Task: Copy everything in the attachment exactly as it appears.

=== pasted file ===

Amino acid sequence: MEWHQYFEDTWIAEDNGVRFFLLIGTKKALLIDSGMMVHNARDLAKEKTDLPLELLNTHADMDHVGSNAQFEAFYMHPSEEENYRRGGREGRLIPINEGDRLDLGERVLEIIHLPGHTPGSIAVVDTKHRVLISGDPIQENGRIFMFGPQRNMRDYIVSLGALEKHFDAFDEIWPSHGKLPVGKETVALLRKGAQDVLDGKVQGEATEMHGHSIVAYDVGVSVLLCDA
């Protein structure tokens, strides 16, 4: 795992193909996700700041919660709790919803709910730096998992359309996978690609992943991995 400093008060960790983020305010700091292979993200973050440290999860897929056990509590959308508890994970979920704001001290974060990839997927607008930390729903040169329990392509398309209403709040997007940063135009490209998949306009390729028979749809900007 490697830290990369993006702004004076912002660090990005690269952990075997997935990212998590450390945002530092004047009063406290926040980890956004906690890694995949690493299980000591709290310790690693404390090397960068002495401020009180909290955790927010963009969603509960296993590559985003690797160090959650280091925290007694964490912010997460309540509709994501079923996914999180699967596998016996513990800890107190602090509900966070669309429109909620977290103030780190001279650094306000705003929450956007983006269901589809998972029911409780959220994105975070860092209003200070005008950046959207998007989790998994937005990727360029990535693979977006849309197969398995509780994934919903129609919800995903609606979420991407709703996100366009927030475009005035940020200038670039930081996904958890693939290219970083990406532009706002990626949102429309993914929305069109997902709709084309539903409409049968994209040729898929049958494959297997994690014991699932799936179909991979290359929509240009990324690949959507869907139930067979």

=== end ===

Amino acid sequence: MEWHQYFEDTWIAEDNGVRFFLLIGTKKALLIDSGMMVHNARDLAKEKTDLPLELLNTHADMDHVGSNAQFEAFYMHPSEEENYRRGGREGRLIPINEGDRLDLGERVLEIIHLPGHTPGSIAVVDTKHRVLISGDPIQENGRIFMFGPQRNMRDYIVSLGALEKHFDAFDEIWPSHGKLPVGKETVALLRKGAQDVLDGKVQGEATEMHGHSIVAYDVGVSVLLCDA
């Protein structure tokens, strides 16, 4: 795992193909996700700041919660709790919803709910730096998992359309996978690609992943991995 400093008060960790983020305010700091292979993200973050440290999860897929056990509590959308508890994970979920704001001290974060990839997927607008930390729903040169329990392509398309209403709040997007940063135009490209998949306009390729028979749809900007 490697830290990369993006702004004076912002660090990005690269952990075997997935990212998590450390945002530092004047009063406290926040980890956004906690890694995949690493299980000591709290310790690693404390090397960068002495401020009180909290955790927010963009969603509960296993590559985003690797160090959650280091925290007694964490912010997460309540509709994501079923996914999180699967596998016996513990800890107190602090509900966070669309429109909620977290103030780190001279650094306000705003929450956007983006269901589809998972029911409780959220994105975070860092209003200070005008950046959207998007989790998994937005990727360029990535693979977006849309197969398995509780994934919903129609919800995903609606979420991407709703996100366009927030475009005035940020200038670039930081996904958890693939290219970083990406532009706002990626949102429309993914929305069109997902709709084309539903409409049968994209040729898929049958494959297997994690014991699932799936179909991979290359929509240009990324690949959507869907139930067979």